Stokstad, E. 2012. Nearly Buried, Mussels Get a Helping Hand. Science Vol. 338, Issue 6109, pp. 876-878
Freshwater mussels are in trouble. They are the most endangered group of organisms in the United States, with most of their river and stream habitats devastated by dams, pollution, and invasive species such as the zebra mussel.
Thirty-five species have been declared extinct, others are likely gone, and more than 70 species are teetering on the brink. “It’s the biggest conservation crisis in the U.S. that no one talks about,” says Paul Johnson, who directs the Alabama Aquatic Biodiversity Center in Marion.
Lab studies show that mussels are sensitive to a number of common but poorly regulated water contaminants, such as the surfactants in the common herbicide glyphosate. In a detailed field study, it was found that the absence of juveniles was highly correlated with ammonia—likely from fertilizer or manure—in the sediment where the mussels burrow. Spikes in ammonia concentrations may be responsible for widespread declines of freshwater mussel populations, especially in agricultural areas. Some ecologists suspect that the current level permitted in surface water by the U.S. Environmental Protection Agency is dangerous for mussels.
The accelerating disappearance of mussels “really is a strong statement about what we’ve done to rivers,” Bringolf says. In the Mississippi River Basin alone, perhaps less than 10% of the original habitat of endangered mussels remains unaltered by dams.
North America is home to a record diversity of freshwater mussels with dazzling reproductive strategies and key ecological roles. But can they withstand the hard knocks of a modern world?
North American has the world’s greatest number of mussel species — 297– more than two-thirds of which are concentrated in the southeastern United States. Some rivers have more species of mussels than are found in all of Europe.
North America owes its astounding freshwater biodiversity in large part to unique geology, which has provided a stable environment that enabled mussels to thrive and diversify for 60 million years. Historically, expansive shoals of mussels served as habitat for other aquatic organisms. By filtering water, mussels move nutrients through the food web, supporting nearby terrestrial ecosystems as well.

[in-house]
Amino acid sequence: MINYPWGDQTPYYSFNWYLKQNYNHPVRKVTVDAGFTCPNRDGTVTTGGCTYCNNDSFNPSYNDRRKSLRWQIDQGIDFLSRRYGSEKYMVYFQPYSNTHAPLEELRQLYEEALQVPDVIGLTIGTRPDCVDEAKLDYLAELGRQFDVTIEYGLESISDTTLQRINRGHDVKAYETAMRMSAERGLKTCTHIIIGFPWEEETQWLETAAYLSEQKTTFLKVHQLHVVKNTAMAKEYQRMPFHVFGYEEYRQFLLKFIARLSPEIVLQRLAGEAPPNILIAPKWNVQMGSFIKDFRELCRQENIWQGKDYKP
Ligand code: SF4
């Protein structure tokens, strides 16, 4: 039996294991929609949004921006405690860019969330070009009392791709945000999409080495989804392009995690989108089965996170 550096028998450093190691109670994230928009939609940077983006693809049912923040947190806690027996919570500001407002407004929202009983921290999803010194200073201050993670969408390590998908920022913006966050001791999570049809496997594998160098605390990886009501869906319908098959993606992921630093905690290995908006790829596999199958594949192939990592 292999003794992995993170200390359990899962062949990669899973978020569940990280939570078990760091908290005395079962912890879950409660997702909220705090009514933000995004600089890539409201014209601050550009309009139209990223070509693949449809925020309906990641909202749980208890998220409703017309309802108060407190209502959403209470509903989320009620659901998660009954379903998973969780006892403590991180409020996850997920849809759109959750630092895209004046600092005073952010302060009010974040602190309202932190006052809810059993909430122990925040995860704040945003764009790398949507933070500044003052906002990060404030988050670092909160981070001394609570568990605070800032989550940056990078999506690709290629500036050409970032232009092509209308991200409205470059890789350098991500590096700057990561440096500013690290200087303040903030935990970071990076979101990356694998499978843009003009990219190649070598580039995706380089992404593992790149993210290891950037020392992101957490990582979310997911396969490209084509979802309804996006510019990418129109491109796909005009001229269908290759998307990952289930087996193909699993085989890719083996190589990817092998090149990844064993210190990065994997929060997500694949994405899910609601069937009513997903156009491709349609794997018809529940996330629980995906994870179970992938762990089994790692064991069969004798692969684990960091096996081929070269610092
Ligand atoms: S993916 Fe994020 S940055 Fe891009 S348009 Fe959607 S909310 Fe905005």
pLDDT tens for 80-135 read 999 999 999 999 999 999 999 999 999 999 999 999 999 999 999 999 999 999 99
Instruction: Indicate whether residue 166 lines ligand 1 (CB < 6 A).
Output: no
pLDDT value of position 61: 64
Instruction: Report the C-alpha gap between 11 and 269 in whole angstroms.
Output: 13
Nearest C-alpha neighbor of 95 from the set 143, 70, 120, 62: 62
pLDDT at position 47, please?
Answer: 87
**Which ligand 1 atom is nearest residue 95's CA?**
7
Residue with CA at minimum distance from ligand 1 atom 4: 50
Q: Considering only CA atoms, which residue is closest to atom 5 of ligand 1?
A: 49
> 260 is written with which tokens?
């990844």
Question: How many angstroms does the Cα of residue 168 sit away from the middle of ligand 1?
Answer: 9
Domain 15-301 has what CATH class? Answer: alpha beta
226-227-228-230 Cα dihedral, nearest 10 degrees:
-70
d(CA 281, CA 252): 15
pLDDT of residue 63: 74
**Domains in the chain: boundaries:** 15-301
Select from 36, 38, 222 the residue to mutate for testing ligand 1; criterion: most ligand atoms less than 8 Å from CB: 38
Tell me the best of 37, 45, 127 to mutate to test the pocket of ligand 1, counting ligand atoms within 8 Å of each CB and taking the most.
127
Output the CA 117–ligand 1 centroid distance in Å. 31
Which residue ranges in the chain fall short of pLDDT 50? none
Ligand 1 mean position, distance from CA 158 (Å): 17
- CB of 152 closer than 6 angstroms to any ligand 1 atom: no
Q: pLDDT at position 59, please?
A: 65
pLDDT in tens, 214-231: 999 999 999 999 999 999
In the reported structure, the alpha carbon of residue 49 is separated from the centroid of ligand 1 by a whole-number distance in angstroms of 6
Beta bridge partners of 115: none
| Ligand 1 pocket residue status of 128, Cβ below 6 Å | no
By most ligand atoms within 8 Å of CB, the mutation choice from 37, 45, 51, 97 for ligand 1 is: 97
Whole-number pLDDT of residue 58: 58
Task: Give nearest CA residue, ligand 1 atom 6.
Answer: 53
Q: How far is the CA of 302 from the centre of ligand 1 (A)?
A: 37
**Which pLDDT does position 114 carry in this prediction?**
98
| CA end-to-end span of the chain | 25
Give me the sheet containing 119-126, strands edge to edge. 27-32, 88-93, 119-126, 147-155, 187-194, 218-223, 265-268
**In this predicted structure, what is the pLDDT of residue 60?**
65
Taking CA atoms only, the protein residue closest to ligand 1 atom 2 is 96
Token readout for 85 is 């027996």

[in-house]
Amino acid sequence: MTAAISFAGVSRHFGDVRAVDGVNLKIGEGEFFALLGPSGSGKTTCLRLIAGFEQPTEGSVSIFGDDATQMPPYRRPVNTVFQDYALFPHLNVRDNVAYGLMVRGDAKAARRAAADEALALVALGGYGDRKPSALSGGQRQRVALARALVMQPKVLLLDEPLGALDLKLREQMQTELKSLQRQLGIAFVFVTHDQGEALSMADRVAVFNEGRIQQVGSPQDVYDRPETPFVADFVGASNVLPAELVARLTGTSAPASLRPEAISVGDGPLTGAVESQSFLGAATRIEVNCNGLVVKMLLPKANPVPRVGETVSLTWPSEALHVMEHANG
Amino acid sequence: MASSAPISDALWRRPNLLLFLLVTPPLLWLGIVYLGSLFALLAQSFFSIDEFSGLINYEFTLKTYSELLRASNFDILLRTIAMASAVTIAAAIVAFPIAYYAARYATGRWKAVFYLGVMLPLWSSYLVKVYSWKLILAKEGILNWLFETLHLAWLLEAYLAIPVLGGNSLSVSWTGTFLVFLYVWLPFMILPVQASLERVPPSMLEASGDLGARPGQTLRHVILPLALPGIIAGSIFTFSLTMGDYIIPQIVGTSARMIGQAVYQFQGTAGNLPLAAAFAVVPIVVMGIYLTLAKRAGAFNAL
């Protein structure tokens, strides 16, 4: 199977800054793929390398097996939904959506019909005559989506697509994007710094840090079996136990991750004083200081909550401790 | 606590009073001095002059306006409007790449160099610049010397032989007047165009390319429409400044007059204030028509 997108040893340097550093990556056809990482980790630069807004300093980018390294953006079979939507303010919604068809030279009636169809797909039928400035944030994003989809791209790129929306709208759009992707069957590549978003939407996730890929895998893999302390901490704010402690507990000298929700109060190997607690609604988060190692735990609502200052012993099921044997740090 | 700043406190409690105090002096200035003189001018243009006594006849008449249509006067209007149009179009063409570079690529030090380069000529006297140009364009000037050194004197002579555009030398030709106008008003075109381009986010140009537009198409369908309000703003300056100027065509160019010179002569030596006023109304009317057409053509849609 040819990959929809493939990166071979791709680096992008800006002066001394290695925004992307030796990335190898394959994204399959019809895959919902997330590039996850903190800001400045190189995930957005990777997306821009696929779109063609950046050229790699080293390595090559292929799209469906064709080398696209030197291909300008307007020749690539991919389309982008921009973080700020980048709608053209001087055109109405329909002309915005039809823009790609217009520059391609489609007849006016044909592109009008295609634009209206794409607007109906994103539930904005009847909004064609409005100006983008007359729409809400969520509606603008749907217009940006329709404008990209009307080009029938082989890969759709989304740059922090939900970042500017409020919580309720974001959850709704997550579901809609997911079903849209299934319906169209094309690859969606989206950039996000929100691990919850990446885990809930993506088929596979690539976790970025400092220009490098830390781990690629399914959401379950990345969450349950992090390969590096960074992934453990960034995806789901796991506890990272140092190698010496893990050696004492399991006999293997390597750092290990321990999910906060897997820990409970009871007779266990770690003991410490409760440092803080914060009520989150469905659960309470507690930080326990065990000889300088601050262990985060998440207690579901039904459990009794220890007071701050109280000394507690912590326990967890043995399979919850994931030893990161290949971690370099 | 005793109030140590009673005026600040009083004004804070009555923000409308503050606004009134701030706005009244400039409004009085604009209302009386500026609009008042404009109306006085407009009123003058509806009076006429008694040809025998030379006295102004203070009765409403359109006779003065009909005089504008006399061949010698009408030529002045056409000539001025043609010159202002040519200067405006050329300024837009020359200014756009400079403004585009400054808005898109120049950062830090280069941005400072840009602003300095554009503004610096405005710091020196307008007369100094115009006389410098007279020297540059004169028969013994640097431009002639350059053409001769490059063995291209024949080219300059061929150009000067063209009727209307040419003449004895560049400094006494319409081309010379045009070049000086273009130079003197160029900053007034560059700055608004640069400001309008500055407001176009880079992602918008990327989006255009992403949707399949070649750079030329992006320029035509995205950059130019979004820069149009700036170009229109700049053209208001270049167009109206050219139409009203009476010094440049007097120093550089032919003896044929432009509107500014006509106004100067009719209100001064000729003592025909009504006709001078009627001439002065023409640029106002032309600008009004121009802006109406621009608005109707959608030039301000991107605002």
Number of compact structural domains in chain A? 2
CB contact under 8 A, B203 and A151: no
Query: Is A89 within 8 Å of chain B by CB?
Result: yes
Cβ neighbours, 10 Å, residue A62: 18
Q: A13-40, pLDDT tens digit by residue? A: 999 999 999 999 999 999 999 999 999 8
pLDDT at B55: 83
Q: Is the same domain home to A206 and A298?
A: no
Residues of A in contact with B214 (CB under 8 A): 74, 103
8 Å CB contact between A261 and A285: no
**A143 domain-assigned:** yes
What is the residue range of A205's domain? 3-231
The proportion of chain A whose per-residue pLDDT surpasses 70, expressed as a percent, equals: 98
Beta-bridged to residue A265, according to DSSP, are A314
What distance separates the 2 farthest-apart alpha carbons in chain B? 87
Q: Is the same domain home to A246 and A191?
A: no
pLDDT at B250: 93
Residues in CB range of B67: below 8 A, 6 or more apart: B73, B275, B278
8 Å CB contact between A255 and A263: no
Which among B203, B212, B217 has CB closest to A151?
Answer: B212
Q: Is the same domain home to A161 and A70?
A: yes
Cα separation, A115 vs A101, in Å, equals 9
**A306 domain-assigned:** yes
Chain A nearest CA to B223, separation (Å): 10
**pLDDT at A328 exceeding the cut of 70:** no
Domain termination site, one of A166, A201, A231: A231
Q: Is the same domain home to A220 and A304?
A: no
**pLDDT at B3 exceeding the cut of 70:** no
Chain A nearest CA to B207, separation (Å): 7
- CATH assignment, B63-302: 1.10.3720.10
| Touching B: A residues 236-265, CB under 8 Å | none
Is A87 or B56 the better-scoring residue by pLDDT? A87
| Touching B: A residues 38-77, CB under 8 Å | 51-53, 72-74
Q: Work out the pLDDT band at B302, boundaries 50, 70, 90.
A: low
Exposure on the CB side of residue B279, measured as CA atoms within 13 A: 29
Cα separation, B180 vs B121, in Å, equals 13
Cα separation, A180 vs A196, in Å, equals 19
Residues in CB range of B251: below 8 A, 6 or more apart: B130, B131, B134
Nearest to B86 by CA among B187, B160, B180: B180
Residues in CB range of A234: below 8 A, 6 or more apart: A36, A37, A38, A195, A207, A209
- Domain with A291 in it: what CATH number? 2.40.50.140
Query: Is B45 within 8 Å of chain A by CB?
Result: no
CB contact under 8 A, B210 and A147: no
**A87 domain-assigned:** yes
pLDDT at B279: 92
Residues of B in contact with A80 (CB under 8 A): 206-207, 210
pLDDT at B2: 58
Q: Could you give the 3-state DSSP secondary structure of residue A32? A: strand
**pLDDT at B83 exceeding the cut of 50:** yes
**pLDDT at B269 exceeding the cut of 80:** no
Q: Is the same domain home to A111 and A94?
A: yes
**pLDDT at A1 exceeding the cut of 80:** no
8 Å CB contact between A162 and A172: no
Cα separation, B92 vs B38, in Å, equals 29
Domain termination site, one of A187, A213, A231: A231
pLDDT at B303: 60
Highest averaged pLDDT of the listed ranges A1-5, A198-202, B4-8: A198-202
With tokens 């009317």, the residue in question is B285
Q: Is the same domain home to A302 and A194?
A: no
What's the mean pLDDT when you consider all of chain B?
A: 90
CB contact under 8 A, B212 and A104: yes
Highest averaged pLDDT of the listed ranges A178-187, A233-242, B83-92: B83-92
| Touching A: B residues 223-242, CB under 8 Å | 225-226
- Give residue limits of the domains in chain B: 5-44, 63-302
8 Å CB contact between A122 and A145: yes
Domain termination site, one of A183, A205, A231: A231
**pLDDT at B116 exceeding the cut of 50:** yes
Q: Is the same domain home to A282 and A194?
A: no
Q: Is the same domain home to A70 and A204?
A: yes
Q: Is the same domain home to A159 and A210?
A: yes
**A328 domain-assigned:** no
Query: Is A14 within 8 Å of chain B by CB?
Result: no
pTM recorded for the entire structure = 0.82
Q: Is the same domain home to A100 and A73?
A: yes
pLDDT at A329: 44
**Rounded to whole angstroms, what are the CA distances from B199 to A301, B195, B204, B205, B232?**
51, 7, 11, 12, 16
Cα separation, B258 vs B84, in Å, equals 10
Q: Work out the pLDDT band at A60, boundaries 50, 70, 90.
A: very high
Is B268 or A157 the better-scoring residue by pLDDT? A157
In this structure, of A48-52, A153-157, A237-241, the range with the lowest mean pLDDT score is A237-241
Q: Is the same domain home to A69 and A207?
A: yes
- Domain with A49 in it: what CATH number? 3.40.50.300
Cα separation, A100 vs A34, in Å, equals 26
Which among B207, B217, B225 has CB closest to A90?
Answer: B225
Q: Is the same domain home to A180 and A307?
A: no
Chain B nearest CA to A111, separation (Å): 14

People have also long benefited from mussels. Massive middens hint at the untold numbers harvested by Native Americans for food.
What has caused serious harm is widespread fragmentation and loss of habitat. Mining and deforestation, which polluted streams and clogged them with sediment, were already problems by the late 19th century. The worst trouble started in the early 1900s, when engineers built locks and dams in large numbers. These efforts culminated in the gargantuan dams constructed across the southeastern United States by the Tennessee Valley Authority (TVA) in the 1930s and ’40s. Most mussel species can’t live in the slow, muddy water and silty bottoms of the reservoirs formed by these dams. Nor can half the fish species that mussels need as hosts for their larvae.
The Snuffbox mussel
Every spring, a freshwater mussel called the snuffbox emerges from gravel stream bottoms for a violent bout of reproductive deception. The females have spent months buried in the sediment, brooding thousands of larvae that require a certain host to mature. Now the mussels lie on the streambed, their shells open wide. Playing dead, they wait for just the right fish to approach.
That fish, the logperch, spends its days hunting for insect larvae and fish eggs, rummaging under small stones and empty shells. When a logperch pokes its snout inside a snuffbox (Epioblasma triquetra), the mussel snaps shut. The fish is trapped between the serrated edges. For other fishes, this mistake would be fatal, but the logperch has a reinforced skull. As the fish struggles, the mussel pumps out its larvae, which clamp their tiny shells onto the filaments of the logperch’s gills. Then the mussel lets go. After several weeks of hitchhiking, the juvenile mussels drop from the gills and settle into their new habitat.
This aggressive tactic is just one of the remarkable behaviors that freshwater mussels use to reproduce and spread upstream. Other species attract their fish hosts with lures that resemble fish eggs, crayfish, or even swimming minnows. “It’s some of the most amazing mimicry in the world,” says restoration biologist Jess Jones of the U.S. Fish and Wildlife Service (FWS) in Blacksburg, Virginia.
The snuffbox was put on the U.S. endangered species list this past February; biologists estimate its population has declined by 90% over the past century. This month, FWS added another eight mussel species to its list.